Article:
We see her alone, we see Toto comforting her,

et cetera, for two hours,

so this libretto is essentially an outline

of scenes and in that process,

I discover what scenes I will include,

what scenes I will excise, how it will be different,

the book is quite long,

what elements from the book will I,

that were not included in the movie,

might we include,

how there might be some things

that are particular to my take on the source material,

which I've been living with Wizard of Oz

since I was six years old.

It's been really important to me,

so the first step is developing a libretto

and that me work with the composer for six months.

(dramatic music)

- You have to sit down with a choreographer

and, in this case, Septime and I sat down together

to talk about the story,

and how we were gonna portray

this amazing journey of Dorothy through the Wizard of Oz,

and not just referencing the film,

but also, through the book,

so start with the book,

and of course you can't ignore the film,

so you start with the story,

how are you gonna turn that story into a ballet

and that conversation moves forward,

and of course what comes first, really, the music,

because you have to think about,

okay, Dorothy's in Kansas, what does that sound like?

In the case of this show,

we have a lot of fun references

to popular music and Septime likes to play with

a lot of those references in the dance,

and so I'll listen to a lot of music,

we will listen to a lot of music and say,

is this how the Lion is feeling?

He wanted sort of a disco feel, cool feel,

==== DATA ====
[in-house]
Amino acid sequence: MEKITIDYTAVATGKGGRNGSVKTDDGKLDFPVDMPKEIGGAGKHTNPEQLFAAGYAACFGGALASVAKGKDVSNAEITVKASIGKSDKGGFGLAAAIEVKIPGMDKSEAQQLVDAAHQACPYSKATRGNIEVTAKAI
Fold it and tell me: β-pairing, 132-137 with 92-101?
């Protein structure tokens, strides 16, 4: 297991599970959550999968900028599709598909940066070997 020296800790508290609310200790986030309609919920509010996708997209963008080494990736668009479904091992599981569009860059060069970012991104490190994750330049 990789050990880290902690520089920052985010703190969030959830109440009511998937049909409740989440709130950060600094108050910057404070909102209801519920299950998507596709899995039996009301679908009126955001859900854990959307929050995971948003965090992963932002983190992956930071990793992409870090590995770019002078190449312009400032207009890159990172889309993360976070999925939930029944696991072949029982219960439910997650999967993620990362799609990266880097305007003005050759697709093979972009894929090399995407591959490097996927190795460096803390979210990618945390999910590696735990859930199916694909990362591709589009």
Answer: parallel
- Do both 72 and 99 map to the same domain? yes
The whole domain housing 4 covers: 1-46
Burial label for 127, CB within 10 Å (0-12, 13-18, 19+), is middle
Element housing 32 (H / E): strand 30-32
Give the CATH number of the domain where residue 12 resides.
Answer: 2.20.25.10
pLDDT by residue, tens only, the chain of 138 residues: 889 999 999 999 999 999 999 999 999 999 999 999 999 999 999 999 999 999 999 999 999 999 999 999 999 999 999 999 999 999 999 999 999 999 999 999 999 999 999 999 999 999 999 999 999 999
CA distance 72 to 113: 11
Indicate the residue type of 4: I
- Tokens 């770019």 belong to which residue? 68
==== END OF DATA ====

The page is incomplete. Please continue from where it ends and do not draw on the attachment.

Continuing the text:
for the Lion,

more down home country feel for the Scarecrow,

and the Tin Man had a soulful feel,

but the Tin Man's fun because I can use sound effects

with the oil can,

so I love sound effects,

and I love to integrate the sound effects

then into melodies that describe these characters.

(playful music)

(bell rings)

The bicycle bell that's used in the show,

I picked out of a box of 20 children's bicycle bells.

The one that sounded the best,

and then I mounted it on a stick,

so the percussion play can play the bicycle bell

with his thumb.


(bell rings)

- Oh, are you gonna start?

We're going.

- Oh, yeah, it's okay.

- We're going. - It's okay, this is good.

- All right.

You pat, take his hand over there.

He's got you.

- You know, at first it was just,

I was picked for the photo shoot

for Wizard of Oz,

and you know, usually that means

you've gotten the part,

but there's always that chance

that you're just a good face for it,

but you know, in, I think it was January or February,

Septime came for a week,

and started choreographing,

and he worked with me one and one,

and we were just,

we just fed off of each other's energy.

- I think a dancer, a really great dancer

that compels me to collaborate with them

in a role like Dorothy

has certainly great technique, steely technique,

and also an appropriate physicality for the role,

but the passion that's so important,

amounts to a confluence of fearlessness,

and factor X.

Factor X is that ability

to take what's inside of them

and spill it outside of them to the audience.

All of the dancers in Kansas City Ballet

are passionate about their doing.

You wouldn't get to where,

that level if you're not,

but what's really special

is to be able to have that then

manifest itself into some kind of,

not exactly charisma,

because that sounds superficial, actually.

The ability to actually have the passion

show itself, radiate,

that's the factor X,

and also kind of a go for broke,

Dorothy was like a go for broke kind of gal,